Let's do lunch: Tandoor and Tikka

A look inside Tandoor and TikkaView print quality image
Build your own Indian dishes at Tandoor and Tikka, located near IUPUI. Photo by Tim Brouk, Indiana University

Indian cuisine gets a unique concept at Tandoor and Tikka, a new restaurant located near IUPUI and the Indiana University School of Medicine at 805 W. 10th St.

In the style of Chipotle or next-door neighbor Sushi Boss, customers build their own dishes. The steps are simple, if the flavors aren't exactly familiar:

Shrimp dish from Tandoor and TikkaView print quality image
This order of turmeric ginger shrimp and rice is slathered in multiple curries and chutneys. Customers can add as many as they want at Tandoor and Tikka. Photo by Tim Brouk, Indiana University
  1. Start with naan flat bread or basmati rice to create a bowl, pizza or "naanwich."
  2. Proteins come next in the form of ground, seasoned tandoori chicken; minty basil paneer; masala chickpeas; coconut fish; turmeric ginger shrimp; and savory masala lamb. Some proteins are already marinating in sauces while others require some extra flavor in the form of curries.
  3. The curries range from mild to hot. Orange, zesty-yet-mild tikka masala and korma sauces are popular choices, as is the saag, a blend of leafy greens and spices. The medium-heat sauce is madras, which has a coconut tinge, and the hottest is the classic vindaloo, a red sauce with a hint of garlic.
  4. Tandoor and Tikka explores the versatility of Indian cuisine by providing more than a dozen topping options. It's common to see cilantro, onions, bell peppers and mint on classic Indian dishes, but selections with the naanwich in mind are also available: Cucumbers, raw tomatoes, cabbage and sprouts can cool down the spice without sacrificing flavor.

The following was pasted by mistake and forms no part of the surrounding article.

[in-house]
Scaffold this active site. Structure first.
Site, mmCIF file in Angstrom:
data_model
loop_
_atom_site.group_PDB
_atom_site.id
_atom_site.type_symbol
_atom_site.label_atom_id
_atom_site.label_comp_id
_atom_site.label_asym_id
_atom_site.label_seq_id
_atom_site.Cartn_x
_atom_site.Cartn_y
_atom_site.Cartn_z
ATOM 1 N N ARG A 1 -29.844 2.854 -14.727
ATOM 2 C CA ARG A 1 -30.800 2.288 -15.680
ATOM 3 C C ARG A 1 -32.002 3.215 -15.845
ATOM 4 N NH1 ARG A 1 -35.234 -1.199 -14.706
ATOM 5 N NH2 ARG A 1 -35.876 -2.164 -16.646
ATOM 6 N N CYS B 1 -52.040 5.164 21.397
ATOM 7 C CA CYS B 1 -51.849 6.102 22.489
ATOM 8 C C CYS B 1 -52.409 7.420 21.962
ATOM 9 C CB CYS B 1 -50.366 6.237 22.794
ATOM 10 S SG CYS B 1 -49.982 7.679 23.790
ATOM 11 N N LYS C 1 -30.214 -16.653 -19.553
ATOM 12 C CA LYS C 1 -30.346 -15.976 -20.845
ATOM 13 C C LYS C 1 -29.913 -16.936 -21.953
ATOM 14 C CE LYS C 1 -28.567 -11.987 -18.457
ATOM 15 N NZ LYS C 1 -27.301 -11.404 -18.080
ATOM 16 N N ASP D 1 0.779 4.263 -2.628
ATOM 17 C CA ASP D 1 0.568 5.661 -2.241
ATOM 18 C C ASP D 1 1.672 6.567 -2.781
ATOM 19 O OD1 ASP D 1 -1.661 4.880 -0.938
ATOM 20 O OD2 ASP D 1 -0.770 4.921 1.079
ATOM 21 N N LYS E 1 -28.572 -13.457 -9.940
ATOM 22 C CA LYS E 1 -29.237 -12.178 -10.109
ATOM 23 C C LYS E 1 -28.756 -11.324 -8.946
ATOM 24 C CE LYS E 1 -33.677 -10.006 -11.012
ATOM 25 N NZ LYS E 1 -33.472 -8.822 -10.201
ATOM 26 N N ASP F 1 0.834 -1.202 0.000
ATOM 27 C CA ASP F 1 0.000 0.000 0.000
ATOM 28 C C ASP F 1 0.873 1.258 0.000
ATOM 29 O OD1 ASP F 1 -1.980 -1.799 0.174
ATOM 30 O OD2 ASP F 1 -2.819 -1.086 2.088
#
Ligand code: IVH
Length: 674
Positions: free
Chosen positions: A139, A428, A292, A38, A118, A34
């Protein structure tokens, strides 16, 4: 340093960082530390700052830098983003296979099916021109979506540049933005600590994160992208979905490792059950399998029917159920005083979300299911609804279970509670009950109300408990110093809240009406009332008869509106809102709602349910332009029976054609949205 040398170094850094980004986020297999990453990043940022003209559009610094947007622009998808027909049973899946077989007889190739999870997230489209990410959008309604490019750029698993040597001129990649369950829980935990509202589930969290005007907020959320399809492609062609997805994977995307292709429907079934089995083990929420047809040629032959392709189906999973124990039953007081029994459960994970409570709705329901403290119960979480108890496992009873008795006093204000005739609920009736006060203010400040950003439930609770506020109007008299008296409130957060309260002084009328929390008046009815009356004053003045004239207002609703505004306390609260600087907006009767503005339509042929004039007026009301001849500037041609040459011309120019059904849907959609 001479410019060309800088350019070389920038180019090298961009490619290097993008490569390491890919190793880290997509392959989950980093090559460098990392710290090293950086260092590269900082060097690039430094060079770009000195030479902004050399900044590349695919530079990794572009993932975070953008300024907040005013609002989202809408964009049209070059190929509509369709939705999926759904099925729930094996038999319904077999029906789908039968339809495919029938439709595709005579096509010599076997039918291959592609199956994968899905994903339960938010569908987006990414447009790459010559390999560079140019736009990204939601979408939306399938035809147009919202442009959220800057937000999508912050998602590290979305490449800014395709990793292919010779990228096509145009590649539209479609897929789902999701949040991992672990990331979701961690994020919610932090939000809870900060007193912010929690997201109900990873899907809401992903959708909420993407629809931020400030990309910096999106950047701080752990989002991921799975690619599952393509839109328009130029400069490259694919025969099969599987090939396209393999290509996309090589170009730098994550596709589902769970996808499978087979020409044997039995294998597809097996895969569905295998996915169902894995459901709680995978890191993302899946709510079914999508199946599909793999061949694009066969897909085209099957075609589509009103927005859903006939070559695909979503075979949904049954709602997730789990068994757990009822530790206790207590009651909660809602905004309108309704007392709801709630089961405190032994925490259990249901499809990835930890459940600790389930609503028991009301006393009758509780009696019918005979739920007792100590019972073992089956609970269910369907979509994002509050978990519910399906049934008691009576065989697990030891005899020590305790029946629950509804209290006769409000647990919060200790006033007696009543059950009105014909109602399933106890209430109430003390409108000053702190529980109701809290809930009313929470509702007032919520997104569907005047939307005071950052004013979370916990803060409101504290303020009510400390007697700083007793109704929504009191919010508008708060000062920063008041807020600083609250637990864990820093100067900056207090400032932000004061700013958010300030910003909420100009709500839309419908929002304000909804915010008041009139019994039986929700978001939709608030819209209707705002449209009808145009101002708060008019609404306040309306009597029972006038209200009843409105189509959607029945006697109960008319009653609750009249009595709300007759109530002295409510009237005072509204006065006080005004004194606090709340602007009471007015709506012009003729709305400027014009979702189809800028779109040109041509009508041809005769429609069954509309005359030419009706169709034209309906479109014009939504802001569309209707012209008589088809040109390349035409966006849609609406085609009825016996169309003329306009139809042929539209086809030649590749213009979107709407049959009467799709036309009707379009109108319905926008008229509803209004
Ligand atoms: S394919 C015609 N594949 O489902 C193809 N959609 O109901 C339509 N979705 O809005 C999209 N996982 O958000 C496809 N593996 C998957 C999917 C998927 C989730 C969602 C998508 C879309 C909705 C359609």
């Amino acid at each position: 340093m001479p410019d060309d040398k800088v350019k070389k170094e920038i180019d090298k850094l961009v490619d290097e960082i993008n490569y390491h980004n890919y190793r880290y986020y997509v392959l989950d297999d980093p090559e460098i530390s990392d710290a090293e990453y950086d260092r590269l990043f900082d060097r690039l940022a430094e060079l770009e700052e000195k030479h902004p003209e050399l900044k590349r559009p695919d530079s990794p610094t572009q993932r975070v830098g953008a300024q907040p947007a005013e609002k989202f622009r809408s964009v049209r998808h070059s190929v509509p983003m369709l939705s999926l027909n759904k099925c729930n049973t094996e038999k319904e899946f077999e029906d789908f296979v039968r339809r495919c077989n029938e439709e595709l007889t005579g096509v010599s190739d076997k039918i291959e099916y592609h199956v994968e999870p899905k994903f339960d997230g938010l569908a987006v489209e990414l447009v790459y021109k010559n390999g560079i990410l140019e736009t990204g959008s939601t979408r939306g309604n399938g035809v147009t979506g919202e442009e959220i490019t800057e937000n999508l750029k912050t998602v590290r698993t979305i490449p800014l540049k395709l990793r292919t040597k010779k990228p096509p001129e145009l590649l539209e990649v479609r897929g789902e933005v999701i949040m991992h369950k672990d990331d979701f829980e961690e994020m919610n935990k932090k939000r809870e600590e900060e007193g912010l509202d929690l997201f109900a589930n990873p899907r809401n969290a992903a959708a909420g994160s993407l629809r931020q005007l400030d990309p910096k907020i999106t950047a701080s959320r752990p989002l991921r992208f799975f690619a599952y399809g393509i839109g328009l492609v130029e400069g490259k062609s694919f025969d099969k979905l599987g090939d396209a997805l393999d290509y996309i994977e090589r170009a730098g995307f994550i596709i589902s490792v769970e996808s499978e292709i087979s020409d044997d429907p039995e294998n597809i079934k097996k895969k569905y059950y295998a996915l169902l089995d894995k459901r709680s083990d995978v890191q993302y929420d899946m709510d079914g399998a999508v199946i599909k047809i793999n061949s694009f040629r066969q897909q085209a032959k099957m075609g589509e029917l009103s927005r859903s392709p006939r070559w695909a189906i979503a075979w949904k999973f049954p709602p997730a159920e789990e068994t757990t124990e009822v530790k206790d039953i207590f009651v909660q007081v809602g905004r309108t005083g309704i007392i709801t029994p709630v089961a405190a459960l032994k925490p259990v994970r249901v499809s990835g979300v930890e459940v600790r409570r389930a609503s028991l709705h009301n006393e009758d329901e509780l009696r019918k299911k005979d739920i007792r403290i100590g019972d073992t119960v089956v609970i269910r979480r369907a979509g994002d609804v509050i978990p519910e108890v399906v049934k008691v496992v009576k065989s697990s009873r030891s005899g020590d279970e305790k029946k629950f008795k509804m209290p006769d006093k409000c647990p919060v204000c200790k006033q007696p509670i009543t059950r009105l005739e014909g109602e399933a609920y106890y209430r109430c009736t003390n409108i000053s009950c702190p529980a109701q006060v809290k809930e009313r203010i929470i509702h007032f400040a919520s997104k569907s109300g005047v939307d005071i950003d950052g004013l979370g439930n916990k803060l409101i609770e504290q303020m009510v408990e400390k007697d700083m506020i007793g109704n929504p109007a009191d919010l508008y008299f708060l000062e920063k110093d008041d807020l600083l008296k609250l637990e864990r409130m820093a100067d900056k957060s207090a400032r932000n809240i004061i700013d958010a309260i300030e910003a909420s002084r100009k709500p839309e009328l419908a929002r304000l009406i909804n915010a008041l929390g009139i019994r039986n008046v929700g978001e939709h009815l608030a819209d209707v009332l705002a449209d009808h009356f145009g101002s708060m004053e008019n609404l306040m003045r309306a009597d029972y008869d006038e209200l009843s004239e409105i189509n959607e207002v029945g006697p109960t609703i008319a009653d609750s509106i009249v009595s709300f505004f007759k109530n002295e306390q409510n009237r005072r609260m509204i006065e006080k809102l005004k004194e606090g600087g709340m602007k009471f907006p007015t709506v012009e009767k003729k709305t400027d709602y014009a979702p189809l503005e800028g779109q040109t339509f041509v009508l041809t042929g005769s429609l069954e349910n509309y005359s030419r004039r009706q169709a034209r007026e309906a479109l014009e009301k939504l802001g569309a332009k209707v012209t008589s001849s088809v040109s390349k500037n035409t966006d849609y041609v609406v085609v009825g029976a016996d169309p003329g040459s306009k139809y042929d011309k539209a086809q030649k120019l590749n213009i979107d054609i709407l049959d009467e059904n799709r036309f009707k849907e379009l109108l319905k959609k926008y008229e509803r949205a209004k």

5. Each dish is finished with a final topping of chutney. Select or combine tangy tamarind, minty cilantro, mango, chili peanut, coconut yogurt and others.

Tandoor and Tikka's samosas are recommended for a side dish. The chicken samosas feature the same ground chicken, while the masala samosas are vegetarian, containing a spicy blend of potatoes.

The restaurant's interior is generally sleek and modern, though several tables furnished out of old Indian rickshaws are some of the most interesting restaurant seating in Indianapolis.

Tandoor and Tikka is open from 10:30 a.m. to 10 p.m. Monday through Saturday and 10:30 a.m. to 9 p.m. Sunday.